Table 6Modification of the diameter of the GSV and of the reflux characteristics after ASVAL procedure for limbs presenting persistent post-operative GSV reflux with RD > 0.5 s.
      GSV mean diameterPre-operativePost-operativeP
      Post-operative GSV diameter (mm)
       Terminal5.95.00.02
       Sub-terminal5.24.70.20
       Middle third of the thigh5.04.40.02
       Knee5.34.5<0.001
       Middle third of the calf4.02.8<0.001
      Mean RD (s)1.50.790.02
      Mean PRV (mm/s)248117<0.001
      GSV: great saphenous vein.
      ASVAL: ambulatory selective varices ablation under local anaesthesia.
      RD: reflux duration.
      PRV: peak reflux velocity.
      Table 7Comparison of limbs with or without persistent post-operative GSV reflux with RD > 0.5 s.
      Presence of post-operative GSV reflux (RD > 0.5 s)Absence of significant post-operative GSV refluxP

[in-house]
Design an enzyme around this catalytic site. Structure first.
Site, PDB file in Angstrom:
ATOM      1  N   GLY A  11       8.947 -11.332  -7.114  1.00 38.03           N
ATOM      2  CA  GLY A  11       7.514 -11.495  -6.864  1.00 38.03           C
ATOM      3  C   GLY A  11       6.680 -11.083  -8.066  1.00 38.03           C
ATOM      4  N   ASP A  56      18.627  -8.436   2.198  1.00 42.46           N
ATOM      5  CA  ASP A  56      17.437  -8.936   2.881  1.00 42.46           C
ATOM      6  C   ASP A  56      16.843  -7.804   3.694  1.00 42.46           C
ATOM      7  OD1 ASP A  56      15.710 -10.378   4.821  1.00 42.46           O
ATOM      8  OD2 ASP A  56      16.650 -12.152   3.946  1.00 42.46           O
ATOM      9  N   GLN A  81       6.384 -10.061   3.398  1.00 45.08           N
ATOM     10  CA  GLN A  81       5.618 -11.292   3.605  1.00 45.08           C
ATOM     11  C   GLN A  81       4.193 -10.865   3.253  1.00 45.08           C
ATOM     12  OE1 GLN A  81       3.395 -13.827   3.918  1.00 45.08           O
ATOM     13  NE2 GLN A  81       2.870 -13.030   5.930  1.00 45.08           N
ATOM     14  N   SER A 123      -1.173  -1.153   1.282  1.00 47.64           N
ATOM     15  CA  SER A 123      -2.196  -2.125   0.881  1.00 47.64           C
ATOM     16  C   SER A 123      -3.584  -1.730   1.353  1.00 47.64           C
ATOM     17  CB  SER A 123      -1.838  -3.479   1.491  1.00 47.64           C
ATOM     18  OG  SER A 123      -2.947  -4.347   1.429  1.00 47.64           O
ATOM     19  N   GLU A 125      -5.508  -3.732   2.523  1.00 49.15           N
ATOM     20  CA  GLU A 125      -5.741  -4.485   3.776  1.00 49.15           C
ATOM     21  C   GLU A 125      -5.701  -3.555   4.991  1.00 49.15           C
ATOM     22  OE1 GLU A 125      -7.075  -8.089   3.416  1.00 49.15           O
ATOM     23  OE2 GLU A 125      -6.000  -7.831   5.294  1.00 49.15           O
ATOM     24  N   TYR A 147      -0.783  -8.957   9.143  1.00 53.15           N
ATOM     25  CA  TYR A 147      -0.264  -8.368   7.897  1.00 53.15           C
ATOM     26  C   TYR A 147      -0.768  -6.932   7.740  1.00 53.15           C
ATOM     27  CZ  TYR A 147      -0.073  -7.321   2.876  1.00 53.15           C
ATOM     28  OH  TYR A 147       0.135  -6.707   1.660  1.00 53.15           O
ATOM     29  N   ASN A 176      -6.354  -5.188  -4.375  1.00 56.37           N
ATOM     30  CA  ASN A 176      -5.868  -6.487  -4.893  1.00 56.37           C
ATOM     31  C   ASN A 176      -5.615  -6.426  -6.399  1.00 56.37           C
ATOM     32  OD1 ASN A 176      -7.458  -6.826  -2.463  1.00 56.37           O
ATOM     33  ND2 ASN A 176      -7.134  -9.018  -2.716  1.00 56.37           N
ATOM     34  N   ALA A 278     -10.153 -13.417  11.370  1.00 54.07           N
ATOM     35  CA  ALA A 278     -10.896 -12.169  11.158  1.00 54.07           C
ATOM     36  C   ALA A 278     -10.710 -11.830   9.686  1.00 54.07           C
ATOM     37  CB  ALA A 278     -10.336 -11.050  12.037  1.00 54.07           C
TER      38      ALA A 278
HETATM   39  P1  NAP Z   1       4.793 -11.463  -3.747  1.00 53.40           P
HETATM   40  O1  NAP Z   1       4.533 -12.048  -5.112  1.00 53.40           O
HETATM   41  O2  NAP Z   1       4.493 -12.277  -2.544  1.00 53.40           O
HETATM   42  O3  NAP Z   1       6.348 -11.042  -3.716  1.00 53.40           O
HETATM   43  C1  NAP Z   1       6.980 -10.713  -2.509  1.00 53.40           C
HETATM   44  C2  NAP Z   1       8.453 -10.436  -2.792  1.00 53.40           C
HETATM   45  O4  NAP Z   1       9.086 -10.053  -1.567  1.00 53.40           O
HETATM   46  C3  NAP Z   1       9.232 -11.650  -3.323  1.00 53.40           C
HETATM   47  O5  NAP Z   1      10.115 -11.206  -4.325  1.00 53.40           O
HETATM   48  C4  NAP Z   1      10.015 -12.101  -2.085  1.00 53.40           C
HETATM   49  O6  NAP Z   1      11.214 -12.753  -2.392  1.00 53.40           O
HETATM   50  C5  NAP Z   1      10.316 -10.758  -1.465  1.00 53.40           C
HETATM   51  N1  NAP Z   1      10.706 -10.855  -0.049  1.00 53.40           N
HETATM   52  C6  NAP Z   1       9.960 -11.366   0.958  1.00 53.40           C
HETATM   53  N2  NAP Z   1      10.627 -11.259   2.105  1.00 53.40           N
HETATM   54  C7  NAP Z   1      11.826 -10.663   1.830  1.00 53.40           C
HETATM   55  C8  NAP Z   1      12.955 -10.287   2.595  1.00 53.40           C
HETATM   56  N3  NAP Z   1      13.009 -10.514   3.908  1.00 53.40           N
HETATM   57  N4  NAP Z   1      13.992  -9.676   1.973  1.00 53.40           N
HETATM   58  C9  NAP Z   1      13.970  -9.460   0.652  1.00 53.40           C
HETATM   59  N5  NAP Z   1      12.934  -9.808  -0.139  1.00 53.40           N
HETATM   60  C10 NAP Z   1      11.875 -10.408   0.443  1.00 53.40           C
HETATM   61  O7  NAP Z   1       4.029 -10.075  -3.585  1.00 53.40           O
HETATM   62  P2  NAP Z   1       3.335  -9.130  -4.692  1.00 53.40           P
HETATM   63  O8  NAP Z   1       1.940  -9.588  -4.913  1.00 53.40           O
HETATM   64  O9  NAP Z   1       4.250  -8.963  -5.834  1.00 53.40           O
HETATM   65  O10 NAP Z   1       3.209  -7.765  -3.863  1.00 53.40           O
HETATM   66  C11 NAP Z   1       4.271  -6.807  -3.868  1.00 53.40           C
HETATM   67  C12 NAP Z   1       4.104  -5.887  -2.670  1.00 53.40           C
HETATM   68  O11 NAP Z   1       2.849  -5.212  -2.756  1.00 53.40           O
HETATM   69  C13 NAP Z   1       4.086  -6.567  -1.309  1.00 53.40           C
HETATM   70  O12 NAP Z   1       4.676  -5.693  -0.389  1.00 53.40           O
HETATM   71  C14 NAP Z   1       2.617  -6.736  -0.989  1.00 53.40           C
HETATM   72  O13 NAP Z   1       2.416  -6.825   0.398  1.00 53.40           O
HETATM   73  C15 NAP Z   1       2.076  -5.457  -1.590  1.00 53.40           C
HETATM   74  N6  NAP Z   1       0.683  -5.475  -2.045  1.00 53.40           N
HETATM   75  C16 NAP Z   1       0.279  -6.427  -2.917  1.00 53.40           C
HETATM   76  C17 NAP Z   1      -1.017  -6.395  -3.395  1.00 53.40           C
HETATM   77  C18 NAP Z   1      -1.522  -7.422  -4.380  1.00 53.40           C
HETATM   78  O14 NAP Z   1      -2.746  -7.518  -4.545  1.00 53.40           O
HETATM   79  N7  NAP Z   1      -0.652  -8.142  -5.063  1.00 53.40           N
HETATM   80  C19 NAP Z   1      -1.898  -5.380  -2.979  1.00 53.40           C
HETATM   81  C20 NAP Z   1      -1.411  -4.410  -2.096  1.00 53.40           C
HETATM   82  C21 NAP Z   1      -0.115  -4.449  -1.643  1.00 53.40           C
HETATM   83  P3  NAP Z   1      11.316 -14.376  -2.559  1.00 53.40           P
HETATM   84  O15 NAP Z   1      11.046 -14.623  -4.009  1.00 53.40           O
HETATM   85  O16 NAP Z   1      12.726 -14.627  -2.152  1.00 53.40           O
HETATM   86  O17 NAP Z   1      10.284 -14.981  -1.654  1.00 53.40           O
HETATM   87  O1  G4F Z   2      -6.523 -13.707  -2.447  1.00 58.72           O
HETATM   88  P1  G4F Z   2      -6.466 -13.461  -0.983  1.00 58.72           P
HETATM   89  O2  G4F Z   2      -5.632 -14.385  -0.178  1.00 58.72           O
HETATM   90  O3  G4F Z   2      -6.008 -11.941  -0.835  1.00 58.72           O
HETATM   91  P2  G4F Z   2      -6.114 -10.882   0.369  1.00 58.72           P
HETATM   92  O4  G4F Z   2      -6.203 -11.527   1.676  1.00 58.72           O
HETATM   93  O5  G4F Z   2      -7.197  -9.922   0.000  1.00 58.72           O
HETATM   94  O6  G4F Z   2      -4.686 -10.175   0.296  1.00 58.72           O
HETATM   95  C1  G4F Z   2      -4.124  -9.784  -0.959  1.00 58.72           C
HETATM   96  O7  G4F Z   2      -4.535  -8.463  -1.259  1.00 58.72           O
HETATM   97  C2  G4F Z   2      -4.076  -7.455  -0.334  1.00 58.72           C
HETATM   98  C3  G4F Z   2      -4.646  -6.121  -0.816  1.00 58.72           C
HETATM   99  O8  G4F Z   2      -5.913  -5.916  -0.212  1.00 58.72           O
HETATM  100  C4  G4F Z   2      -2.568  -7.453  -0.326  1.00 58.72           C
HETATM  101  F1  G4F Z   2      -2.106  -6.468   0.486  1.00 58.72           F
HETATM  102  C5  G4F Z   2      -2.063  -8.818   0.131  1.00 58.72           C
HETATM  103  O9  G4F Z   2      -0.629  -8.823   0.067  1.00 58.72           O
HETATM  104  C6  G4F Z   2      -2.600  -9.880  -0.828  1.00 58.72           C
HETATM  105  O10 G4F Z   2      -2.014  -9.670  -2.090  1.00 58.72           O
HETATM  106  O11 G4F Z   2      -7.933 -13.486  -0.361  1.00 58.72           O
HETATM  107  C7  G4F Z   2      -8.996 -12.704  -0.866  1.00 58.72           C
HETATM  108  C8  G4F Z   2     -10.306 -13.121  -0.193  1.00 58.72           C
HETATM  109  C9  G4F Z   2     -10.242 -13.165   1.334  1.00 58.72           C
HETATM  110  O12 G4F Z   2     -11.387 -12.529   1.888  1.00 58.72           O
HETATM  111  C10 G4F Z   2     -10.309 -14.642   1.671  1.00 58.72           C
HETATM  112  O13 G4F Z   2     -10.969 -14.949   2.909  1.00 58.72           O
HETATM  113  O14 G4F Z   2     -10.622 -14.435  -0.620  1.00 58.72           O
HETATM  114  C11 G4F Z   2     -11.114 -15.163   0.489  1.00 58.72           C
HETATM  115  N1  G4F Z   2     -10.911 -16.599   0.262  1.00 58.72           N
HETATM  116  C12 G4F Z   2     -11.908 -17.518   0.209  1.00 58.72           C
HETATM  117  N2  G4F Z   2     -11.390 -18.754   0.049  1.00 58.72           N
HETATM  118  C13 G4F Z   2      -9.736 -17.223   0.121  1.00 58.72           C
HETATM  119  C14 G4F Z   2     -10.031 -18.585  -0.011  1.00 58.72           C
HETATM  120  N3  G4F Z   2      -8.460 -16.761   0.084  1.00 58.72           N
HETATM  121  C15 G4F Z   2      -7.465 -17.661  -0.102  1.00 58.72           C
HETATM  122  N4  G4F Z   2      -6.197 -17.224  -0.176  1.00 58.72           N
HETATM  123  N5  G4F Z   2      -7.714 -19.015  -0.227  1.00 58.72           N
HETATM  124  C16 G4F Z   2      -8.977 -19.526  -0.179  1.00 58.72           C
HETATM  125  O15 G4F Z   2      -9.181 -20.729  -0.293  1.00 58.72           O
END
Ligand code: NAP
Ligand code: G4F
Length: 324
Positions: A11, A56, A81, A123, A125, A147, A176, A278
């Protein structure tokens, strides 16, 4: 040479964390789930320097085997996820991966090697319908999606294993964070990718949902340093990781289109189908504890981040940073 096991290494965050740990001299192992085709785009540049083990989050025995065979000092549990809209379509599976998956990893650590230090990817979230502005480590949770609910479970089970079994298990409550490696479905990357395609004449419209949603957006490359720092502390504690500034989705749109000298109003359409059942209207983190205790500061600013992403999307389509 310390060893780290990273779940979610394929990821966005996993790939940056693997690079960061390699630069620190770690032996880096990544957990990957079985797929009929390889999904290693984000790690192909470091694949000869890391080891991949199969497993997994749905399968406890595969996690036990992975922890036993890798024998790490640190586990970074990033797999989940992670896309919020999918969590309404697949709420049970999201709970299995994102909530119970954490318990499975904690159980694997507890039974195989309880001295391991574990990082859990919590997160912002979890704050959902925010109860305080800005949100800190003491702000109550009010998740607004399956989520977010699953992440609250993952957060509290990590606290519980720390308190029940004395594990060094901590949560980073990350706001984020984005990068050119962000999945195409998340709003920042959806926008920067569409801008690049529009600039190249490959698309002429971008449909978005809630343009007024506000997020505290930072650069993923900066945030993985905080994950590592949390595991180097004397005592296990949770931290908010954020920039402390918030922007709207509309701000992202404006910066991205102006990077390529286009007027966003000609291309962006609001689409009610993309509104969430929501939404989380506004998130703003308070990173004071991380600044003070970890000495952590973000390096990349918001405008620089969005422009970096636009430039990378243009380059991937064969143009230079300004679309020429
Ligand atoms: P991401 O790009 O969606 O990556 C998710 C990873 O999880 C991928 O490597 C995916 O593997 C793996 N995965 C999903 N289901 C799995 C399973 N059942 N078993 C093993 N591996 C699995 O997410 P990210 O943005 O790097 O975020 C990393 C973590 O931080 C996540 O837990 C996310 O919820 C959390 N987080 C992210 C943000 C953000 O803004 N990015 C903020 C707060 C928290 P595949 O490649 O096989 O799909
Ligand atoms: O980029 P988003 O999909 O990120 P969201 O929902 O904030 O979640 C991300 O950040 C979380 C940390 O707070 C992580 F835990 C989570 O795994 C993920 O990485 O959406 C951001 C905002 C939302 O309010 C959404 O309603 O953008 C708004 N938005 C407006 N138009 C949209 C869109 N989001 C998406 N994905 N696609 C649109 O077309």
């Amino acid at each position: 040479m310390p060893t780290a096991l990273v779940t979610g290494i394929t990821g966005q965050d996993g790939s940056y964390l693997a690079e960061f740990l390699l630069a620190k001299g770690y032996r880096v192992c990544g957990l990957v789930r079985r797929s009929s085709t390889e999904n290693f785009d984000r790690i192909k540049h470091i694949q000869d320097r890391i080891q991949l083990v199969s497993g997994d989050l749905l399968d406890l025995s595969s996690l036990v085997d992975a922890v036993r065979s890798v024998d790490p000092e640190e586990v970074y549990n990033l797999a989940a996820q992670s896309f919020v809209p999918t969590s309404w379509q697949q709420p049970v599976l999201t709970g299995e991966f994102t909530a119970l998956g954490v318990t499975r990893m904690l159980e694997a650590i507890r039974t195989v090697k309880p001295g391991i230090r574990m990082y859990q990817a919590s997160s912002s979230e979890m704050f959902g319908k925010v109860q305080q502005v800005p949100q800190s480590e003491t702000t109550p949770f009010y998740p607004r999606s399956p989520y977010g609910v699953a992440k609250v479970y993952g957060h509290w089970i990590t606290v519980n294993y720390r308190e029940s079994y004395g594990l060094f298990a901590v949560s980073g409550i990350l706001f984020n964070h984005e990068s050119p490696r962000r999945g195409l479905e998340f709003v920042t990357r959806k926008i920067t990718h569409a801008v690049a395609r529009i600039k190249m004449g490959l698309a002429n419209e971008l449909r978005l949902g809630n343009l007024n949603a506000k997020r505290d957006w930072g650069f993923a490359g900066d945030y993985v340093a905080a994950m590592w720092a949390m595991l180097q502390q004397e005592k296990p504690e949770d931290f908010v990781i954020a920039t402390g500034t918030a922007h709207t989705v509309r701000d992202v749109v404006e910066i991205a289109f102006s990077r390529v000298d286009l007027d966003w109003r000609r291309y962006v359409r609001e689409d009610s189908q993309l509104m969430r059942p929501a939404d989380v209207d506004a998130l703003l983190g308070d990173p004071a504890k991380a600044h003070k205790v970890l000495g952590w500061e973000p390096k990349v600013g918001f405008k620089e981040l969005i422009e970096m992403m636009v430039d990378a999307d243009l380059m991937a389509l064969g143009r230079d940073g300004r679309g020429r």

Number of limbs2035
      Pre-operative GSV reflux reaching the middle third of the calf100%15%<0.001 (χ2)
      Pre-operative GSV reflux reaching the malleolus25%0%0.002 (χ2)
      Pre-operative trans-terminal reflux25%43%0.35 (χ2)
      Mean RD (s)2.50.99<0.001
      Mean PRV (mm/s)2662370.45
      Mean NZT7.15.80.02
      Absence of post-operative symptoms75%83%0.81 (χ2)
      GSV: great saphenous vein.
      ASVAL: ambulatory selective varices ablation under local anaesthesia.
      RD: reflux duration.
      PRV: peak reflux velocity.
      NZT: number of zones treated by phlebectomy.

      Discussion

      A long time after the description of the technique of phlebectomy by Robert Muller
      • Muller R.
      Traitement des varices par phlébectomie ambulatoire.